In most narratives, there's an element of trust that the person telling you the story is telling the truth, at least as far as they know it. This trope occurs when that convention is discarded. The narrator's facts contradict each other. If you ask them to go back a bit and retell it, the events come out a little differently. It can be like dealing with a used-car salesman — there's a real story in there somewhere, but you're left to piece it together through all the lies, half-truths, and mistruths.
Reasons for the unreliability vary. Sometimes the narrator is a guilty party and is trying to mislead the audience as well as the other characters. If the narrator is insane, it's Through the Eyes of Madness. A consistent and sincere testimony may prove Unreliable if coming from a perspective of personal bias, or conclusions drawn from incomplete observation. If the narrator has honestly misunderstood what's going on due to naivete, inexperience, or just lack of information, it's Innocent Inaccurate. A variation commonly seen in kids' books is that the narrator is a small child and is actually playing make-believe, but claims their "adventures" are real.
As an author, this is a difficult trick to pull off. It is a lot easier to tell a straight story than it is to deliberately mislead the audience, never mind that it violates the traditional assumption that Viewers Are Morons. And there's always a risk of attracting Misaimed Fandom.
One common technique is to use a Framing Device, so that the narrator is presented as a character in the frame story, to emphasize that they are not actually the author. Another, even trickier method, is the Direct Line to the Author, where the narrator is supposedly relating things that happened in Real Life, or Literary Agent Hypothesis, for when fans speculate that such a thing is occurring. Multiple unreliable narrators results in "Rashomon"-Style. If it's a visual medium and the picture contradicts the narration, it's an Unreliable Voiceover. This can also be used as a trick in commercials, to evade claims of false advertising by having an unreliable character do the talking. Sometimes, the story might be illustrated so that the narrator lies but the illustrations tell the truth.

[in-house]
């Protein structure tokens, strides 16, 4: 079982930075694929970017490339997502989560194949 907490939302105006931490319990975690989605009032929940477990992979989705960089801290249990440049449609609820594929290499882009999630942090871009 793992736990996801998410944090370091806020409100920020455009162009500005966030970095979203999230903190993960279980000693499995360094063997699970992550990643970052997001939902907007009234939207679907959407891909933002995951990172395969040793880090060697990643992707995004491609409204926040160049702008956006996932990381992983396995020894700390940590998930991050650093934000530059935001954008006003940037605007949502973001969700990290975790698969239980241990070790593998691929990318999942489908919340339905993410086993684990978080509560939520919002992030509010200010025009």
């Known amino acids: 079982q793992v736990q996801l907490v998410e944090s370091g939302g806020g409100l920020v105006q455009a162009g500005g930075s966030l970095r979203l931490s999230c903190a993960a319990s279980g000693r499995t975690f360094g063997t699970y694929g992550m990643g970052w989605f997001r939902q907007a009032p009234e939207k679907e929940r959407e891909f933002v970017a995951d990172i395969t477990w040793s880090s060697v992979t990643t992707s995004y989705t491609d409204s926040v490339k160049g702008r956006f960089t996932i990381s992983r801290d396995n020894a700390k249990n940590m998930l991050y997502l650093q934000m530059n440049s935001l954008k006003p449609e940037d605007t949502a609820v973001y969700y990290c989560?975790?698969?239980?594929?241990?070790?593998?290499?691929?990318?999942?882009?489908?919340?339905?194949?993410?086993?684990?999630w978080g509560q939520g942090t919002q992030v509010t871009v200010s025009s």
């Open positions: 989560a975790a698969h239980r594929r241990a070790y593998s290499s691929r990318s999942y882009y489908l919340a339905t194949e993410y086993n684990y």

First-person stories and third-person-limited stories are candidates for two levels of the Unreliable Narrator. First, a well-written story would have the Innocent Inaccurate version, simply because the narrator shouldn't provide any information that the viewpoint character doesn't have, and in a more-difficult version, may not be able to provide information he has because the character hasn't the vocabulary or the necessary background knowledge. Second, the narrator sometimes refuses to tell us what the viewpoint character knows or sees at a critical junction.
In video games and other interactive works, an unreliable narrator can maintain immersion while dismissing the character losing numerous Video-Game Lives as poor memory or wandering thoughts, or even while drawing attention to uncharacteristic actions or exhaustion of options. This does require more effort on the designers to identify potential plot branches and the consequences of all of the player's possible input at every critical moment.
Unreliable Expositor is a variant with less than credible exposition from specific characters, as opposed to narrators of the whole story. Contrast Maybe Magic, Maybe Mundane where the evidence is reliable but insufficient, and Infallible Narrator, when the narration of the character is far more accurate than the character's capabilities. A Lemony Narrator is usually reliable as far as the facts go, but probably eccentric or opinionated in other ways.
This can also be a source of humour for the work, too.
Note: as this is often a particularly subversive Reveal, REALLY BIG spoilers ahead, especially in the Literature section. See also "Rashomon"-Style, Unreliable Voiceover, and Self-Serving Memory. Fanon tropes like Alternative Character Interpretation result from the fandom treating the narrator as unreliable by default. On the other hand, the narrator may end up being seen as unreliable due to breaking the audience's Willing Suspension of Disbelief, thus leading to tropes like Unintentionally Sympathetic and its converse.
- Anime & Manga
- Comic Books
- Fan Works
- Live-Action TV
- Tabletop Games
- Video Games
- Visual Novels
- Web Original
- Western Animation
- Calvin and Hobbes: Calvin's six year-old imagination has the tendency to run away with him, resulting in spectacular fantasy sequences featuring characters like Spaceman Spiff, Stupendous Man, and Tracer Bullet. Then, of course, there's Hobbes himself, Calvin's stuffed tiger to whom he attaches a personality. Hobbes is even drawn differently when other characters are in the panel, to reflect how they see him as just a toy. Word of God is deliberately mum on whether or not Hobbes is just a stuffed toy, or really somehow alive. And then there's the storyline where Hobbes ties Calvin to a chair and Calvin's dad finds him and can't for his life figure out how the heck Calvin has managed this...
- In In Strange Woods, by his own admission, Brett is captivated by Peregrine, Howl, and their stories, leading to bias towards them in his narrating and thoughts.